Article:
An Israeli security researcher from the Ben-Gurion University of the Negev’s Cyber Security Labs claims to have uncovered a serious security flaw in Samsung Knox.
Browsing Category: Mobile Security
One of the key tenets of the argument that the National Security Agency and some lawmakers have constructed to justify the agency’s collection of phone metadata is that the information it’s collecting, such as phone numbers and length of call, can’t be tied to the callers’ names. However, some quick investigation by some researchers at Stanford University who have been collecting information voluntarily from Android users found that they could correlate numbers to names with very little effort.
Google has removed a pivotal privacy feature from its Android operating system that gave users the ability to deny permissions in and regulate information collection attempts by installed applications.
Google has patched a previously disclosed issue in its Nexus line of phones that could have opened a user up to a nasty series of SMS-based denial of service attacks.
A case that seemingly has little connection to the surveillance debate has attracted the attention of privacy and civil rights advocates and could become a key factor in the way that law enforcement agencies have to handle cell phone location data.
A new project by a well-known hacker Samy Kamkar may give control of some drones to anyone with $400 and an hour of free time.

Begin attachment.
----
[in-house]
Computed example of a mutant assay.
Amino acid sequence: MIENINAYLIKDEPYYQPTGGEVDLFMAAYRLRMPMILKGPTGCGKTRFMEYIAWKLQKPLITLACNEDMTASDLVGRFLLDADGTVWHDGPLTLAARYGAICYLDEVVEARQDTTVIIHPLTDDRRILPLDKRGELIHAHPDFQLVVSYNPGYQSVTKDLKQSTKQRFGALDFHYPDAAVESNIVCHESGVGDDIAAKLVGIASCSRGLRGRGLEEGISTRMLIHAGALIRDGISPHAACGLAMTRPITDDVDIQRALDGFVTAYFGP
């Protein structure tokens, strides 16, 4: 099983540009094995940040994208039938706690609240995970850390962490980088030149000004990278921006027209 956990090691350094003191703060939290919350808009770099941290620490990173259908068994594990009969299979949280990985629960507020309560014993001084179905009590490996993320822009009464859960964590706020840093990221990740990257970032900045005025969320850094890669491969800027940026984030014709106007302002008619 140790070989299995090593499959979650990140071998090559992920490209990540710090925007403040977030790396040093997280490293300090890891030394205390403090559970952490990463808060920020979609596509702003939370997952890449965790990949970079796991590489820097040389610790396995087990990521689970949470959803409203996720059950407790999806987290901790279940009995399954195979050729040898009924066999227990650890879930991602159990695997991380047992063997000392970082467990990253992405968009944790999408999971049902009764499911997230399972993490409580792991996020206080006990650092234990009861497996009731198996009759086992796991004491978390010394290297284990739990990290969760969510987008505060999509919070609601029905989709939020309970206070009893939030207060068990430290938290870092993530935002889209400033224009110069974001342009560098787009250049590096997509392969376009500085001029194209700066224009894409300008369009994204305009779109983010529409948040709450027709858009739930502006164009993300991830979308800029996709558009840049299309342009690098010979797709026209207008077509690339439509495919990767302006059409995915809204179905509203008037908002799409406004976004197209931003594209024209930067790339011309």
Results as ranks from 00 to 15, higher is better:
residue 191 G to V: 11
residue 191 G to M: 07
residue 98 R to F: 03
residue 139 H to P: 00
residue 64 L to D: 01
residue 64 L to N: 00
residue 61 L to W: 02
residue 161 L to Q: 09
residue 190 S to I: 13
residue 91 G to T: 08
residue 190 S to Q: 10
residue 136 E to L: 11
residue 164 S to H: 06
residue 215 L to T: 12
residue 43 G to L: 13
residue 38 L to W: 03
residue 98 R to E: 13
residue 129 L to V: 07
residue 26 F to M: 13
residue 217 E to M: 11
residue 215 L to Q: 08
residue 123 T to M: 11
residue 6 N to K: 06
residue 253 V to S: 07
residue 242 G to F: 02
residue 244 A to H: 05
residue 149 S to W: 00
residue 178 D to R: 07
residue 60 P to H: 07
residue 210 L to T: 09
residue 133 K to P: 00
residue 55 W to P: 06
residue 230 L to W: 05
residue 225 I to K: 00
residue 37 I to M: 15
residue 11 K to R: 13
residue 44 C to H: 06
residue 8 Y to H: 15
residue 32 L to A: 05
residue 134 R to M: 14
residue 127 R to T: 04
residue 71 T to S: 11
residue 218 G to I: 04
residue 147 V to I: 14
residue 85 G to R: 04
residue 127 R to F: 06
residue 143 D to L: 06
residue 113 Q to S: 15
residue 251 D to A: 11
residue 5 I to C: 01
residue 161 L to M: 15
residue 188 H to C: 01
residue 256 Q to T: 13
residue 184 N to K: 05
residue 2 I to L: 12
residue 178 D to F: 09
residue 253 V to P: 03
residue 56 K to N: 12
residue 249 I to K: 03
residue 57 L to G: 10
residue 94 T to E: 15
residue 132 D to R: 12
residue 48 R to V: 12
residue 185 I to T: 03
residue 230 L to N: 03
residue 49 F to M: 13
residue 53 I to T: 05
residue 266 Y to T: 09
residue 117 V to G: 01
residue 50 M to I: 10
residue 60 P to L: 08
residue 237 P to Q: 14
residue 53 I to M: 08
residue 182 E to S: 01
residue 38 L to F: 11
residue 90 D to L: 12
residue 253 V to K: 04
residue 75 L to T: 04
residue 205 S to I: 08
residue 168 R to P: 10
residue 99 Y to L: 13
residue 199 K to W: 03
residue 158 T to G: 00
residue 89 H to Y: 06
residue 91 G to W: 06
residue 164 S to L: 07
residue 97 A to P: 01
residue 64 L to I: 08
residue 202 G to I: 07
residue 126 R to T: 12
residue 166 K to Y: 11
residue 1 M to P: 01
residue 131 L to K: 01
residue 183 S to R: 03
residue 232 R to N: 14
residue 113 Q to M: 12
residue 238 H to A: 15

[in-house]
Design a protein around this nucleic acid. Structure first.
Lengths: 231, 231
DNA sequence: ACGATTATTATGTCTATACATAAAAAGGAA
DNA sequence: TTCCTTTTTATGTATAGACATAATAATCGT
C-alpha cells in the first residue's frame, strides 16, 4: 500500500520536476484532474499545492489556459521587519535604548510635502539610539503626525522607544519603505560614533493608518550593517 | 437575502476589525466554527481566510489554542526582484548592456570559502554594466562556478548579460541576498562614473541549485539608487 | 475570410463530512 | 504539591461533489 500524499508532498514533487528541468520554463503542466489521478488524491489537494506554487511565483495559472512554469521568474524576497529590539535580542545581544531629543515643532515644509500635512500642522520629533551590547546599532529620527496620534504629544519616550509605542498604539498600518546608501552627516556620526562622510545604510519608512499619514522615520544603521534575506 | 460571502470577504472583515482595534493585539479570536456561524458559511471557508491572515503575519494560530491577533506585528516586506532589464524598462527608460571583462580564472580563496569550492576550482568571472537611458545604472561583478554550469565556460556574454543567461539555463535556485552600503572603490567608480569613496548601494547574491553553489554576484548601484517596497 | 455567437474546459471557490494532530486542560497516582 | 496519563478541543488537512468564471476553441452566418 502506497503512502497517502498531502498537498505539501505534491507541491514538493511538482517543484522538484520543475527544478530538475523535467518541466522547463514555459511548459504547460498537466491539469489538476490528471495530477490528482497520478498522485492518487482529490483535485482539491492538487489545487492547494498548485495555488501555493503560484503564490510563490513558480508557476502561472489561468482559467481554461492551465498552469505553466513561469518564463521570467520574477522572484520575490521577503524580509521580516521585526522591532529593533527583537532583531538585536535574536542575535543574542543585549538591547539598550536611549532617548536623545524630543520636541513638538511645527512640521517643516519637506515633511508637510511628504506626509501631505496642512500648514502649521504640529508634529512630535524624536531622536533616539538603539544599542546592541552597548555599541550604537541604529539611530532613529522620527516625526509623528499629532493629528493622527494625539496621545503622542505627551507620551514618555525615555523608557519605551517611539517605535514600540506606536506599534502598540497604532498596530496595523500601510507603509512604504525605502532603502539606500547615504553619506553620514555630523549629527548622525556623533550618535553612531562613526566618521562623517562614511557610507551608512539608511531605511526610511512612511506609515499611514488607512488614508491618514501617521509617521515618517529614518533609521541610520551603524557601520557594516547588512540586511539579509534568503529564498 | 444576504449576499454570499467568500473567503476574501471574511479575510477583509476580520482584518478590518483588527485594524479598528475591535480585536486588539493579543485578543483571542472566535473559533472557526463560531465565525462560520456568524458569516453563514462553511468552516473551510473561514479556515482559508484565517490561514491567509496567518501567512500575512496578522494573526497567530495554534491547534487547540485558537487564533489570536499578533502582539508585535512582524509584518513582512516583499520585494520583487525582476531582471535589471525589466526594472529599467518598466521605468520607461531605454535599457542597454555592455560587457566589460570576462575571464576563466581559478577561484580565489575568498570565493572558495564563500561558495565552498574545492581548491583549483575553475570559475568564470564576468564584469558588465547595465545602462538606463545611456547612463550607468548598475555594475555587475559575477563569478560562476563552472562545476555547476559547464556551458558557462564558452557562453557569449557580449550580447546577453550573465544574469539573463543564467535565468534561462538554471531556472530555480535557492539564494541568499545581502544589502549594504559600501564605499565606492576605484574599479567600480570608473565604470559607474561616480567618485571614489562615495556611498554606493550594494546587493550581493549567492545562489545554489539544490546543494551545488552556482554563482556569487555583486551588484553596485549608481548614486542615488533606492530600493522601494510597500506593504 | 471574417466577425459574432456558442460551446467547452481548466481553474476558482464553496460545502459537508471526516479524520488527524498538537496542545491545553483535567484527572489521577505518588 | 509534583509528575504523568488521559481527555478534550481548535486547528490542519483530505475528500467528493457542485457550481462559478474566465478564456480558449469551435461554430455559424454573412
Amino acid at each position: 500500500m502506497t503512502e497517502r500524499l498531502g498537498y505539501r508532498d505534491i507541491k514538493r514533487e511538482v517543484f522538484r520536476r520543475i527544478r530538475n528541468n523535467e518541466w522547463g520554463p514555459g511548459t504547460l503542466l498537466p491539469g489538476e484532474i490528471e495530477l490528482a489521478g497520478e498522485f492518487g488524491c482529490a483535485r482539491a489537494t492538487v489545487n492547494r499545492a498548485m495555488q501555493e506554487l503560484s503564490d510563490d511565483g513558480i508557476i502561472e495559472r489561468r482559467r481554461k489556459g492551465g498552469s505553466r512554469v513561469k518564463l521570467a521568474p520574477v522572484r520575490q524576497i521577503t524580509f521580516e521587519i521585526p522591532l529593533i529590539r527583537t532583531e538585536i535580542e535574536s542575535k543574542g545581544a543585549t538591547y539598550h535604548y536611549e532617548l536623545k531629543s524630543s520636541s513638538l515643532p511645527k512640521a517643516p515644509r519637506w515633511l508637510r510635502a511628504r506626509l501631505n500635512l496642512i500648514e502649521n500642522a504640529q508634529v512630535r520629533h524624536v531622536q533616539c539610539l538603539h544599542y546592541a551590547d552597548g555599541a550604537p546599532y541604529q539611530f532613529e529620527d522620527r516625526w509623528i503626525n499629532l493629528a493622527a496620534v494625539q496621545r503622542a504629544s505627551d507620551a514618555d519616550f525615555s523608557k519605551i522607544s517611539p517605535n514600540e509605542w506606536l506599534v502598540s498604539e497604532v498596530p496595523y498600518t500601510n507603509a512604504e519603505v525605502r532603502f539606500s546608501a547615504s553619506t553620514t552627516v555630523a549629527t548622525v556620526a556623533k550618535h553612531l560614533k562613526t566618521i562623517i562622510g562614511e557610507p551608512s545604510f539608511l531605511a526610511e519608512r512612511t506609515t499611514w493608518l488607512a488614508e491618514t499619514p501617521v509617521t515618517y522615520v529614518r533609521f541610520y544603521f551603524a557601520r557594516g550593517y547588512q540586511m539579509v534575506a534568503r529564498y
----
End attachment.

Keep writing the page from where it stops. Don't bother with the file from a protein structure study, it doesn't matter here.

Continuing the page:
The researchers who discovered a serious vulnerability in Android 4.3 Jelly Bean that enables a malicious app to disable the security locks on a vulnerable device have published a proof-of-concept app that exploits the bug, as well as source code for the app.
Google is looking into a problem with the latest versions of Nexus smartphones that could force the devices to restart, lock or fail to connect to the Internet.
There is a vulnerability in Android 4.3 Jelly Bean that enables a malicious app to disable all of the security locks on a given device, leaving it open to further attacks.
A small group of influential security researchers and executives are putting together a grass-roots movement to encourage more research on the emerging breed of connected and potentially vulnerable devices such as pacemakers, insulin pumps and others and help educate users about the security and privacy issues they raise.